16. Eric Stamets, SS
Preseason rank: 16
Scouting grades: Hit: 45 | Power: 20 | Run: 70 | Arm: 60 | Field: 55 | Overall: 45
Stamets was drafted out of Evansville as a defensive-minded shortstop, and his glove work has done little to disappoint. How much he can advance with the bat will determine his ultimate role.
A very polished infielder, Stamets can flat out pick it, with tremendous defensive tools to go along with good instincts and game awareness. He has outstanding speed, enough for him to steal more bases than he did in his first full season. While Stamets is an excellent bunter, he'll need to work on his offensive game if he wants to be a full-time shortstop. He's made some mechanical adjustments, like starting his hands back a little further, but it remains a work in progress.
Stamets' glove will get him to the big leagues. His bat will dictate if he can start or if he ends up as a solid utilityman in the future.
17. Mike Fish, OF
Preseason rank: 20
Scouting grades: Hit: 55 | Power: 40 | Run: 50 | Arm: 45 | Field: 50 | Overall: 45
Seniors drafted out of Northeast colleges in the 32nd round aren't supposed to do much. Fish's summer debut in 2013 left many thinking he might blow that perception out of the water, though his first full season wasn't quite as explosive.
Fish is not conventional with his swing, and he gets a little pull happy, but he can swing the bat and is working on going the other way more consistently. He doesn't look like he should be able to run, but he can, and he's aggressive on the basepaths. Fish's arm action isn't great, but he's fairly accurate. A center fielder at Siena, he's shown his tools are playable in center when needed, though he's probably a left fielder long-term.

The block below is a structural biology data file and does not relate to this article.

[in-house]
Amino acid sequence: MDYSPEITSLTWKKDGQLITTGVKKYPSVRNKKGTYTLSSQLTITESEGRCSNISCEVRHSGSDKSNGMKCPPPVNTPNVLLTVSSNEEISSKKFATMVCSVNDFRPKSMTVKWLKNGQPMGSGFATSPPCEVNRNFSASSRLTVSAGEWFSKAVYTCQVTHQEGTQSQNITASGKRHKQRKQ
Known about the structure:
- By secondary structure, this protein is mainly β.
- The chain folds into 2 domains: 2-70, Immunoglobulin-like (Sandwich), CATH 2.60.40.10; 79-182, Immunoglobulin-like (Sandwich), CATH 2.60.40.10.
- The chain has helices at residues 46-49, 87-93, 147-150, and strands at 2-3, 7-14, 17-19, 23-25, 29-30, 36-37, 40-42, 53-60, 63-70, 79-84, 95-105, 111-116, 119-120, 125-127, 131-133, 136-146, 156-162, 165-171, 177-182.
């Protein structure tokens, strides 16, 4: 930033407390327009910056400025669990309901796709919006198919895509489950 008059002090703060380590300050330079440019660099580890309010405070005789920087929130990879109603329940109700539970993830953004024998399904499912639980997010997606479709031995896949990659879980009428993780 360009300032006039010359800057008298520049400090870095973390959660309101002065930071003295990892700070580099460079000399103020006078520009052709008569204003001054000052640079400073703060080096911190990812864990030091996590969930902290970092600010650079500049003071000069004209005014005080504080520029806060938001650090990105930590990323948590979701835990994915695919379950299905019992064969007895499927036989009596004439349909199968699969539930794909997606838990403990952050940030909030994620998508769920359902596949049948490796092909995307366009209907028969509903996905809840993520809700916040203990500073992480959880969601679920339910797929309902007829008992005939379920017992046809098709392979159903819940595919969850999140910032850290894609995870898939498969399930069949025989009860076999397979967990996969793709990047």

Playing a bit older than many at his level so far, Fish will have to keep proving himself at each stop along the way to convince skeptics.
18. Cal Towey, 3B/C
Preseason rank: None
Scouting grades: Hit: 50 | Power: 40 | Run: 40 | Arm: 50 | Field: 45 | Overall: 45
A senior selected in the 2013 Draft, Towey impressed with his ability to hit for average and get on base during his pro debut in the Pioneer League, albeit against younger competition.
The Baylor University product does have some swing and miss to his game, along with his strong on-base skills. When he's in a groove, the left-handed hitter has decent extra-base pop, mostly to the gaps. A third baseman in college, Towey has moved around a bit in his first full season, seeing time at the hot corner, in right field and even behind the plate.
If Towey can take to catching, the Angels might have an intriguing lefty-swinging backstop on their hands. At worst, Towey could be a productive utilityman in the future.
19. Nate Smith, LHP
Preseason rank: None
Scouting grades: Fastball: 50 | Curveball: 45 | Changeup: 50 | Control: 50 | Overall: 40
After Smith went 7-4 with a 3.59 ERA in his senior season at Furman, the Angels selected him in the eighth round in 2013, making him the highest-drafted Paladin in more than 40 years. He has moved quickly through the Minor Leagues, reaching Double-A Arkansas in his first full professional season.
Smith doesn't have overpowering stuff, but he makes up for it with an advanced understanding of pitching. He has an easy delivery and commands all of his pitches well. His fastball sits around 90 mph, and he mixes it with a solid curveball and changeup.
Smith's average arsenal means he won't have much margin for error as he advances in the Minor Leagues. But his feel for his craft gives him a chance to reach the big leagues as a command-and-control lefty.
20. Kody Eaves, 3B/C
Preseason rank: None
Scouting grades: Hit: 45 | Power: 30 | Run: 60 | Arm: 50 | Field: 50 | Overall: 40
After two summers playing for Rookie-level affiliates, Eaves has shown the Angels one thing for certain: He will not be outworked.
A true baseball rat, Eaves does have some skills to go along with that plus work ethic. His best tool is his speed, and he has the ability to steal a base, something the Halos would like to see him do more frequently going forward. They've worked to correct mechanical flaws with his swing, as he would get too rotational with his shoulders. That, along with some added strength, gives hope that there might be a bit more carry when he makes contact. Eaves has made good strides defensively at second base, especially after working with Denny Hocking in 2013.
Eaves still has a long way to go, but there's no question that he will maximize his abilities, and the Angels feel he'll continue to get better as he progresses.